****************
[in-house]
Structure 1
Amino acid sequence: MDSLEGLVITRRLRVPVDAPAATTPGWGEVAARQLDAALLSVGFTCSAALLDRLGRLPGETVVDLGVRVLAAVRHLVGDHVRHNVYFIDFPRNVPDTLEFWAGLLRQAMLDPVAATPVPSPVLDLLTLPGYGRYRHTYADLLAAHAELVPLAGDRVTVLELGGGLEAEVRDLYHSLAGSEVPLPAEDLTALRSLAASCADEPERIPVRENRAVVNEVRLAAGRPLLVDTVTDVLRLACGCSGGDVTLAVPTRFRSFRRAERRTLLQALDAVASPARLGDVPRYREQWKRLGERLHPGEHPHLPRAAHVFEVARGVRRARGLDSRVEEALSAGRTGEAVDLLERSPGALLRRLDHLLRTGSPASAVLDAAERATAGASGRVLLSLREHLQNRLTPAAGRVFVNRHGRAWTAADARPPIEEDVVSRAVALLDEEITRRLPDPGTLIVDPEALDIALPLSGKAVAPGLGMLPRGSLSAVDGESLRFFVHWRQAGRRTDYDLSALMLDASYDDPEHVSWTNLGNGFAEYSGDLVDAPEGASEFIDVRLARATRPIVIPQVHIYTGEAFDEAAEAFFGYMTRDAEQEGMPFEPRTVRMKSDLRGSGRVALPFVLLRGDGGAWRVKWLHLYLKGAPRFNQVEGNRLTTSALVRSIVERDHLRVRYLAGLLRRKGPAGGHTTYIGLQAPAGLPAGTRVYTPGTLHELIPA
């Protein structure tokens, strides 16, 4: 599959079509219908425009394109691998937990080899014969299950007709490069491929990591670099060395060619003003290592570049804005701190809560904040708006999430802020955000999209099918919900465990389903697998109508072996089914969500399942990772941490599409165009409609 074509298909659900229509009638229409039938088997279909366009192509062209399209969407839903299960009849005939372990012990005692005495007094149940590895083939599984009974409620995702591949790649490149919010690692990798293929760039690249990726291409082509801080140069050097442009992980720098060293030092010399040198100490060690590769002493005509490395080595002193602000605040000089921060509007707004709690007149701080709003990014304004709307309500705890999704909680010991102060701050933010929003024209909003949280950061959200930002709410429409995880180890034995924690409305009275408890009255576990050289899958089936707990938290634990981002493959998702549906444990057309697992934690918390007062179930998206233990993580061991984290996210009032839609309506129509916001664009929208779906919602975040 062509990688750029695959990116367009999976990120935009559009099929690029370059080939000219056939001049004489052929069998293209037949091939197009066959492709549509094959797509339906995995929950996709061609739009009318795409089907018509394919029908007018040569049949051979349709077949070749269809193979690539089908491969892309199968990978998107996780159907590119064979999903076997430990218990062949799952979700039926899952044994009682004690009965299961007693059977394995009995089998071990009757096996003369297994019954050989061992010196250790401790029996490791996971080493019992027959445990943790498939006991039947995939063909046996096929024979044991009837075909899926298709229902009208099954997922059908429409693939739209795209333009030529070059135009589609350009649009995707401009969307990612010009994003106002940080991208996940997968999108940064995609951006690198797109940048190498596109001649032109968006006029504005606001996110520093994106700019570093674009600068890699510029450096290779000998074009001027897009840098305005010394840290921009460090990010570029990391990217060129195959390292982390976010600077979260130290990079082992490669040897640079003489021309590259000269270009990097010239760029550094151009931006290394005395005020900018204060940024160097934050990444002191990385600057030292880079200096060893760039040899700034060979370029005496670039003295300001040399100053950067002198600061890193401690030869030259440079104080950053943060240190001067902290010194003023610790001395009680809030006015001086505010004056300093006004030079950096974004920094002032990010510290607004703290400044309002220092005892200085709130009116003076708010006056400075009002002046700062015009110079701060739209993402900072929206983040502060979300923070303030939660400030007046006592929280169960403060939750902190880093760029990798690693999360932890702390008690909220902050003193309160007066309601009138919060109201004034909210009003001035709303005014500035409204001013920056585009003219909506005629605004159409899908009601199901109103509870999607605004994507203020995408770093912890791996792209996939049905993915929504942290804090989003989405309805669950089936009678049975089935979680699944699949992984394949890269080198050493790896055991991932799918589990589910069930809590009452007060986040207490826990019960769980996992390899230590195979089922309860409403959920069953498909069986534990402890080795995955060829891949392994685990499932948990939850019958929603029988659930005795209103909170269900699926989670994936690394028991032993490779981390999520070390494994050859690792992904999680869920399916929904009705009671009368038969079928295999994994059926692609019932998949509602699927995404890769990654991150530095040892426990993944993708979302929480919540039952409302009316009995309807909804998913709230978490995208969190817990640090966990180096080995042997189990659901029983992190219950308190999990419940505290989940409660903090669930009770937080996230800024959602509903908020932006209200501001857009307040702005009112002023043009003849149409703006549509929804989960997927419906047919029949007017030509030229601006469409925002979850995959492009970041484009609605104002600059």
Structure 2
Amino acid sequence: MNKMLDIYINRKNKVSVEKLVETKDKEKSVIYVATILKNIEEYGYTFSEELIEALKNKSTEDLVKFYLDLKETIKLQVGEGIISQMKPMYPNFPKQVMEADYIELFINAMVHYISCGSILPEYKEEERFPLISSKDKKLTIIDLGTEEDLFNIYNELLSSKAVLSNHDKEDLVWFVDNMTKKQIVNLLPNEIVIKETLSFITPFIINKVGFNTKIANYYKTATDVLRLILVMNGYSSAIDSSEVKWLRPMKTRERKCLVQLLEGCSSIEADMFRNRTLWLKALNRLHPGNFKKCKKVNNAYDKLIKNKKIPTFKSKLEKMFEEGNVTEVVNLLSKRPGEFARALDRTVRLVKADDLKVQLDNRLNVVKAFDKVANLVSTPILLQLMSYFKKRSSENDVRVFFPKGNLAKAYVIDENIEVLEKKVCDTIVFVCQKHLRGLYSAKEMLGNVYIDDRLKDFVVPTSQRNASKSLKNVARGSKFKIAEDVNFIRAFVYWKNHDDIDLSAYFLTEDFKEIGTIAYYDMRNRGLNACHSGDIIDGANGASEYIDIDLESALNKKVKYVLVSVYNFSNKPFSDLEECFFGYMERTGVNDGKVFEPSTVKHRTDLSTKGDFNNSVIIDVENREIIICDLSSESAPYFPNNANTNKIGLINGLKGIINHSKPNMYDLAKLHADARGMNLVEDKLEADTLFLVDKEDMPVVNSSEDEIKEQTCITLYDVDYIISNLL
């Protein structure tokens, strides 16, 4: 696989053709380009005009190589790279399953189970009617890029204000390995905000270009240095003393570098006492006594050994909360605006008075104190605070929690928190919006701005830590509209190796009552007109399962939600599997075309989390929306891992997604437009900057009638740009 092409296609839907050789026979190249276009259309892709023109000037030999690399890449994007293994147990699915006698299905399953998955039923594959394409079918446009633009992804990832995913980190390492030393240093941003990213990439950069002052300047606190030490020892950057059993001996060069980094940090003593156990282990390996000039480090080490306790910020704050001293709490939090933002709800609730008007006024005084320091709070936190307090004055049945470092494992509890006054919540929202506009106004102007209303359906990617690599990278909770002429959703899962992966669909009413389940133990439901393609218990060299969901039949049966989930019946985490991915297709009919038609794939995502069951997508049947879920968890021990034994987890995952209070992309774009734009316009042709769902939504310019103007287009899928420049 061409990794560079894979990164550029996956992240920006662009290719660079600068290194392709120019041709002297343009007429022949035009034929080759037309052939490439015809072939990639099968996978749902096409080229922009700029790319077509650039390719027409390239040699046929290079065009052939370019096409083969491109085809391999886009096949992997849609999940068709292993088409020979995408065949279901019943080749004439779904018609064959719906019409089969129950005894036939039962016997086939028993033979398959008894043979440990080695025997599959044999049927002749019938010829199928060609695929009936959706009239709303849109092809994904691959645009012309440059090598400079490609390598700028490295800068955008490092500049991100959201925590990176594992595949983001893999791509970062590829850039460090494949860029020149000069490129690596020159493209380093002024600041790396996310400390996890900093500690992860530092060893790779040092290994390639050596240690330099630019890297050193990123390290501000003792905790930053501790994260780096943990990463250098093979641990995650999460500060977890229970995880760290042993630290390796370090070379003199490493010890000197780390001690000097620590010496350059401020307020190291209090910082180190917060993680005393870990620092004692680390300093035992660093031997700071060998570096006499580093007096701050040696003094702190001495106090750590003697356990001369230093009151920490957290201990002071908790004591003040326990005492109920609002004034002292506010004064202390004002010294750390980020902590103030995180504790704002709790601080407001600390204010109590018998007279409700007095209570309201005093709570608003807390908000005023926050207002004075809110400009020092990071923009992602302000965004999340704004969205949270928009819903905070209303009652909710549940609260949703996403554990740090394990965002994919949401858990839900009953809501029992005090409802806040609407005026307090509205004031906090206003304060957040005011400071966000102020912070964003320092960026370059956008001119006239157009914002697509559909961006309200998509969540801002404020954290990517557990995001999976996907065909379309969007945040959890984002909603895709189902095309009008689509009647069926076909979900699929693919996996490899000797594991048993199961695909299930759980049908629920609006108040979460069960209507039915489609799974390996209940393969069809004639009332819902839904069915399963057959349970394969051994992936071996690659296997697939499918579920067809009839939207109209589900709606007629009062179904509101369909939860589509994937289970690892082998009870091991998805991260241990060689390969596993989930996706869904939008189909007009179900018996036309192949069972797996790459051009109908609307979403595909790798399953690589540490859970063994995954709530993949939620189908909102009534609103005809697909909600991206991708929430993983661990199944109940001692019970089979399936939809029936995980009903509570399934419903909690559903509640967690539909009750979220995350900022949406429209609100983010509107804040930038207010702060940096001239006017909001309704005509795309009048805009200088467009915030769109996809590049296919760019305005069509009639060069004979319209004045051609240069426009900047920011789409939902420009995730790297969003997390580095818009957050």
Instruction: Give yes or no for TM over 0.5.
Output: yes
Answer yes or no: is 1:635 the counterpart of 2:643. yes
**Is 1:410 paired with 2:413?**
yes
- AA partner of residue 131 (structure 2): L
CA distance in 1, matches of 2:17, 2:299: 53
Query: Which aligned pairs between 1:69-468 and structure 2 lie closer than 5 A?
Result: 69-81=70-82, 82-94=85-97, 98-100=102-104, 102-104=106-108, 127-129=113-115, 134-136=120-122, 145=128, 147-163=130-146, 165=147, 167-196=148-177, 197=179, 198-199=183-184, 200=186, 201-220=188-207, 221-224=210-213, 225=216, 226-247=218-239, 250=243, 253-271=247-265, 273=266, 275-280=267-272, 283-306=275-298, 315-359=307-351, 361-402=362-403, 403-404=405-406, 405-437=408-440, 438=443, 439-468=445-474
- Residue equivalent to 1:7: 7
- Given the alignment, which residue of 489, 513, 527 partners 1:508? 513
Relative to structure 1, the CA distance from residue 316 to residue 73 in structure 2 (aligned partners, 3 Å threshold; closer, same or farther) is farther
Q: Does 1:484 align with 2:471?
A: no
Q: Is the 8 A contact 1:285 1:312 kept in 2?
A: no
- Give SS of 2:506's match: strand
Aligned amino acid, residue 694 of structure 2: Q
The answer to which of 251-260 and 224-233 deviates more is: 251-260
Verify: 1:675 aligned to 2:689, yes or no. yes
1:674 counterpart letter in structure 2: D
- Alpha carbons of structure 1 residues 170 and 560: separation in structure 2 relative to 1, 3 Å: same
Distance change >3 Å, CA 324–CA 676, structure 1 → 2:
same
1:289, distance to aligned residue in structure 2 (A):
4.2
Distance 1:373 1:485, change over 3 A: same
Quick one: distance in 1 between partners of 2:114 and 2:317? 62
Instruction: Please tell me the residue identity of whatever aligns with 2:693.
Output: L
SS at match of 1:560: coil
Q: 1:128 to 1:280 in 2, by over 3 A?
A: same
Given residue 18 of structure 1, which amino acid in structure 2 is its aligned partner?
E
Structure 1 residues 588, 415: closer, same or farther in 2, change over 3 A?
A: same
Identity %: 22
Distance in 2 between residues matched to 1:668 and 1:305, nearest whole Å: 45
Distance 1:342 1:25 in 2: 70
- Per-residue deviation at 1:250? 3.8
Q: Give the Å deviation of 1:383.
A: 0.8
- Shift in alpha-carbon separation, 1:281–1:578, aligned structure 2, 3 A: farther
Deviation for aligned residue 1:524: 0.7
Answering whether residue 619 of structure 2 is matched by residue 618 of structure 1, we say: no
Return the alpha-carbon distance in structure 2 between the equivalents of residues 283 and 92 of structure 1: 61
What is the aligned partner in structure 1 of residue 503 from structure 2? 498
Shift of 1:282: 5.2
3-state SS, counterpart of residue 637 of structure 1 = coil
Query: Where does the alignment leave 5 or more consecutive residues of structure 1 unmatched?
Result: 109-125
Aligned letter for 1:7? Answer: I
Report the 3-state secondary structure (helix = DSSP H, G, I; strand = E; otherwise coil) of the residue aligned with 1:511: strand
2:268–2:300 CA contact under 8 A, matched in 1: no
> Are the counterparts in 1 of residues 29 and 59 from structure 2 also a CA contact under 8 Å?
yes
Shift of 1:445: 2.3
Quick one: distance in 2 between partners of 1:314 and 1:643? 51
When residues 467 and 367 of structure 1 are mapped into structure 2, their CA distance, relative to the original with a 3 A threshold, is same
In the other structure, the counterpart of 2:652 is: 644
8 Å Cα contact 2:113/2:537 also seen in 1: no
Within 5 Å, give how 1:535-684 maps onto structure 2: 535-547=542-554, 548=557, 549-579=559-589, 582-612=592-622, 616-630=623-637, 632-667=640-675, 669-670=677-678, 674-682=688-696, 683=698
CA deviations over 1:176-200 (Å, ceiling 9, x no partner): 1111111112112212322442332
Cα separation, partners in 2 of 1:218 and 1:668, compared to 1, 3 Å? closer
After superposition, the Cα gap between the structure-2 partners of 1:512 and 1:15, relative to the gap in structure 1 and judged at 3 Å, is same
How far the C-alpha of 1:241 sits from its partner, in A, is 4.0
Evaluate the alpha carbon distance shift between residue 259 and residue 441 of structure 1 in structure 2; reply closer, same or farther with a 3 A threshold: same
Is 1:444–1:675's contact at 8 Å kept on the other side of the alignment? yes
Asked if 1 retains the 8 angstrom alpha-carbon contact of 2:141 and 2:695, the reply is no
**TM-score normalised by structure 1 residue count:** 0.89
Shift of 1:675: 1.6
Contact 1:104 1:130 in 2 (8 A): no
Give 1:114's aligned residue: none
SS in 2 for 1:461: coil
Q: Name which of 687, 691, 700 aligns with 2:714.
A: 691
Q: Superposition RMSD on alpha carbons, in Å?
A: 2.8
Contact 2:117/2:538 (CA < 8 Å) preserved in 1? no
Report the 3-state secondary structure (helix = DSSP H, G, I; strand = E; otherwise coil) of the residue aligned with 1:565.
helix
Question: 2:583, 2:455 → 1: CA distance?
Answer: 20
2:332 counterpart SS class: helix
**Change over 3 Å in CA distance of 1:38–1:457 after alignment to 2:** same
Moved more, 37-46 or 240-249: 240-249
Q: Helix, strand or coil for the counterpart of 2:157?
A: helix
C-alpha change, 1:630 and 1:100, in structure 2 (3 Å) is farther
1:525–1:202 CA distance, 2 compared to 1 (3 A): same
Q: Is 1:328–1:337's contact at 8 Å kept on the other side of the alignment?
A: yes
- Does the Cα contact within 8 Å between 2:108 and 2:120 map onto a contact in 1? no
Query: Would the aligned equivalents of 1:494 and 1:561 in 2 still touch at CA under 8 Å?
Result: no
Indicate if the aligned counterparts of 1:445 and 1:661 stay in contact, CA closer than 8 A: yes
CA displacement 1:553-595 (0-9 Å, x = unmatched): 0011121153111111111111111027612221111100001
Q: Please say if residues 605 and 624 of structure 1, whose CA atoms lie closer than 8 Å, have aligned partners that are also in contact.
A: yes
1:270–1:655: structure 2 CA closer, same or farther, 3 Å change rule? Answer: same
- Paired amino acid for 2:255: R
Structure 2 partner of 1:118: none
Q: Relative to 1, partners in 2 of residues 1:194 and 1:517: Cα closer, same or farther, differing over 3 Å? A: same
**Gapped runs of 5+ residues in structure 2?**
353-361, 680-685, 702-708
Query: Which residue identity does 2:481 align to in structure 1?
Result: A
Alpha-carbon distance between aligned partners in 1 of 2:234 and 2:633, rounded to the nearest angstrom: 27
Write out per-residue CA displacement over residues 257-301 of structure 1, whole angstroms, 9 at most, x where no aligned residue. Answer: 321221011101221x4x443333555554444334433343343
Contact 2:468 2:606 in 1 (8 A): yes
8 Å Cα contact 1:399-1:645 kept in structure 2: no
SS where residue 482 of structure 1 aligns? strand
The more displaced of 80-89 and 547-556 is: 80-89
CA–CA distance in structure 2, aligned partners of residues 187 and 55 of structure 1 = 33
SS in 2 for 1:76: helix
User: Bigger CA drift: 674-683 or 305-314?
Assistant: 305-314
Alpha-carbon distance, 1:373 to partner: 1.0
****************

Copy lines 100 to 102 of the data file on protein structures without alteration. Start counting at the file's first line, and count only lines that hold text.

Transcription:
A: yes
- Does the Cα contact within 8 Å between 2:108 and 2:120 map onto a contact in 1? no
Query: Would the aligned equivalents of 1:494 and 1:561 in 2 still touch at CA under 8 Å?